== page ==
Hadeed’s Florida Bar complaint response made a key revelation: that in her recording of that conversation, Weeks had edited, erased or spliced out significant parts of the recording that may have been embarrassing to her. The splicing then, according to Hadeed, was designed to present him in a bad light.
By then, the numerous complaints had already been filed, with each agency receiving them compelled to look into them according to each agency’s formal rules. Complainants to the Florida Bar are required to limit their documentation to 25 pages. Weeks took advantage of the full allowance in a five-page single-spaced, small-font submission on Dec. 17, followed by documentation (emails, memos and copies of minutes), starting with what she refers to as “the whispering incident”–the conversation between Hadeed and Ericksen about a former county commissioner and member of the canvassing board who had once apparently looked at ballots inappropriately, then made a phone call that may have reported what the commissioner had seen. That would amount to a third-degree felony. The commissioner and the time frame of the incident is not mentioned, but Hadeed notes to Ericksen that he told the allegedly offending commissioner to carry on more appropriately, and the commissioner complied. Weeks charges, among other things, that Hadeed violated the Sunshine law when he spoke to Ericksen about the matter.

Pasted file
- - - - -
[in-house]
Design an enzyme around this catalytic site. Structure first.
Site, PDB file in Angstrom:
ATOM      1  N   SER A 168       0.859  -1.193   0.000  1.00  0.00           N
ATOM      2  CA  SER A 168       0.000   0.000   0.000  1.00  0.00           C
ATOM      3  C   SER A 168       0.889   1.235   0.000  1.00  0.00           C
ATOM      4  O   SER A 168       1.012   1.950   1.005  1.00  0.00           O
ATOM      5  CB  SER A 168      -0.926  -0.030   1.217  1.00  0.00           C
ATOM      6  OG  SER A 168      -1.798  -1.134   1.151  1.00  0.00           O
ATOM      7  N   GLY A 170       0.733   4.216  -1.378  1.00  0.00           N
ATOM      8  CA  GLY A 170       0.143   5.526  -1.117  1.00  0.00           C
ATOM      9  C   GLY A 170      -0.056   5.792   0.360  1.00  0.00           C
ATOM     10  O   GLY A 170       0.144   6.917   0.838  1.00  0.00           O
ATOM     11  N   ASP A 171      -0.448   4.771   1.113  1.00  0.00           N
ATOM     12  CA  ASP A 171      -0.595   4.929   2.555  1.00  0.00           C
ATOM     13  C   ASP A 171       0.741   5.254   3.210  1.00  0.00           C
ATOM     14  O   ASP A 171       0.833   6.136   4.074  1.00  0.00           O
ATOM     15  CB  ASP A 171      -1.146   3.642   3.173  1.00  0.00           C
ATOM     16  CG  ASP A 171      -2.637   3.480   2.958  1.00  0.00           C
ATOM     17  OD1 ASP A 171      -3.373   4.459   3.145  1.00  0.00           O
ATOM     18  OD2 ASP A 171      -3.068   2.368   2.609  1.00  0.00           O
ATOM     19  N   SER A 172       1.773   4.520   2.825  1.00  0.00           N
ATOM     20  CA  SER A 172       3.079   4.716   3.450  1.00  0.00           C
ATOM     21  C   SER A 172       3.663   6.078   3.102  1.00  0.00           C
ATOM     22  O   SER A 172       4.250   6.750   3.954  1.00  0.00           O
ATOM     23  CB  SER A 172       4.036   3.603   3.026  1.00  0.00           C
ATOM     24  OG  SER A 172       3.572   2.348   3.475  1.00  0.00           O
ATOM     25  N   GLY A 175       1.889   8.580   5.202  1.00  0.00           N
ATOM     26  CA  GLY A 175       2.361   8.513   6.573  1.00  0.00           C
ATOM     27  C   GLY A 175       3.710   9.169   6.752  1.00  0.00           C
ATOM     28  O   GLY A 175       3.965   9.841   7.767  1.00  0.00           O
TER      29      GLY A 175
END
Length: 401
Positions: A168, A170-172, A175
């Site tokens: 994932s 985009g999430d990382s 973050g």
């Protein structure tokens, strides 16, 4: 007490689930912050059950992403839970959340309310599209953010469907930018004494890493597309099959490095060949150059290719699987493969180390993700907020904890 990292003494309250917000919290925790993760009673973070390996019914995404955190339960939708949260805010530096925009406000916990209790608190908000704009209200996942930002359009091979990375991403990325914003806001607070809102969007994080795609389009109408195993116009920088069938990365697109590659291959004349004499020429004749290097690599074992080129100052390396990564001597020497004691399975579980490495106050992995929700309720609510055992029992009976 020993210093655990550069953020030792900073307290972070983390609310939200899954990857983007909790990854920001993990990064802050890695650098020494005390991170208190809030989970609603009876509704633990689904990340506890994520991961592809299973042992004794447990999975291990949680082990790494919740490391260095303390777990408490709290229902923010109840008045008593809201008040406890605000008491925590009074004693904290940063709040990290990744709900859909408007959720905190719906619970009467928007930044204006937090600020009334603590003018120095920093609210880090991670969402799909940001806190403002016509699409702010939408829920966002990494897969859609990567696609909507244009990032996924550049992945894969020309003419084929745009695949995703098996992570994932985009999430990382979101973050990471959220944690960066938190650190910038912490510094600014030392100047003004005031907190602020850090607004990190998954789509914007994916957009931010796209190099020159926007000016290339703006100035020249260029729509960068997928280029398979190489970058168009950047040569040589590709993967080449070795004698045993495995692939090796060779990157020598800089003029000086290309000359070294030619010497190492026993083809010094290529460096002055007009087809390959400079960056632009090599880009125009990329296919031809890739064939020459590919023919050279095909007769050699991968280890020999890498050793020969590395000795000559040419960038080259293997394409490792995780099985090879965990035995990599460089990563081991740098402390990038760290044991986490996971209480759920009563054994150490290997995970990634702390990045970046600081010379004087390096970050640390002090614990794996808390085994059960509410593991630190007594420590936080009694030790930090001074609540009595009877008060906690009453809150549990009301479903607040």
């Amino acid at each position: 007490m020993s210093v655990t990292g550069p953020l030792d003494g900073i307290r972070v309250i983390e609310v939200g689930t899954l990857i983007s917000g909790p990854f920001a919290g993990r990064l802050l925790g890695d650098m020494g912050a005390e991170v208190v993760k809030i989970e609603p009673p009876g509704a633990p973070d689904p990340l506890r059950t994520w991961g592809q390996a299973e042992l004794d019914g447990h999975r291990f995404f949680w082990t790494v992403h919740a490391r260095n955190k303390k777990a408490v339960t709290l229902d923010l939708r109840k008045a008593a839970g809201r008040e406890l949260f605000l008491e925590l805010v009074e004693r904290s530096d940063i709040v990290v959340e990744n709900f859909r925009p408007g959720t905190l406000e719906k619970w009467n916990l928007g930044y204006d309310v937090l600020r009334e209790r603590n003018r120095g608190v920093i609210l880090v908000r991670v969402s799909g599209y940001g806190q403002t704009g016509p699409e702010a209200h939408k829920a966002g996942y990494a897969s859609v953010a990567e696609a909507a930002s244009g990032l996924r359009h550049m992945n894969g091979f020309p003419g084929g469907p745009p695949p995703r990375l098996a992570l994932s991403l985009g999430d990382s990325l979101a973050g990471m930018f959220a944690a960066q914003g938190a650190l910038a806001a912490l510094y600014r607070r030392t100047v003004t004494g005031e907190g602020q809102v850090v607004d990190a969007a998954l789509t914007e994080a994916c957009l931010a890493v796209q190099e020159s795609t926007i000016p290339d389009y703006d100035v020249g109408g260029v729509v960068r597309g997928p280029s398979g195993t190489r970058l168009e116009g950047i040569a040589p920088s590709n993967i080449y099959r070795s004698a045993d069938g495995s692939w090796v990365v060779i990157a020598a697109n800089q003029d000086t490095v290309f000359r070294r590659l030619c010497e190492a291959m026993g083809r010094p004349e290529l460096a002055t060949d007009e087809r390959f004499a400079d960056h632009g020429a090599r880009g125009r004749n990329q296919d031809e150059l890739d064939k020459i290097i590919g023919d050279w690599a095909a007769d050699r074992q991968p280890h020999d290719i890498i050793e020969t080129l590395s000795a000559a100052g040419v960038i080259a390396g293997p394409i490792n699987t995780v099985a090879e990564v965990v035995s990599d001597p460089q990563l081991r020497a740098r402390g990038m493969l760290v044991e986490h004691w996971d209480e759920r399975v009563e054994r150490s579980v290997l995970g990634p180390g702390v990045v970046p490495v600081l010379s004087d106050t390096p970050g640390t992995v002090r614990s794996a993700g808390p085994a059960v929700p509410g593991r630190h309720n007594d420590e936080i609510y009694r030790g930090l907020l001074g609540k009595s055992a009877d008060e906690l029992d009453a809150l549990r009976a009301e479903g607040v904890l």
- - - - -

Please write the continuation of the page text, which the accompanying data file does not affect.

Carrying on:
From there, Weeks then added numerous accusations against Hadeed, many of them accusing him of not anticipating commissioners’ missteps, such as when–in Weeks’s own words, which do not always follow the rules of grammar or syntax–he “failed to advise the county commissioners when they selected canvassing board members for the 2014 elections that involved themselves in a candidate’s campaign could disqualify them from being eligible to serve as a canvassing board member.” She then charges that once certain issues involving commissioners serving on the canvassing board came to light–issues Weeks claims should have disqualified them outright–Hadeed, whose role she never recognized on the canvassing board, did not advise them to step down.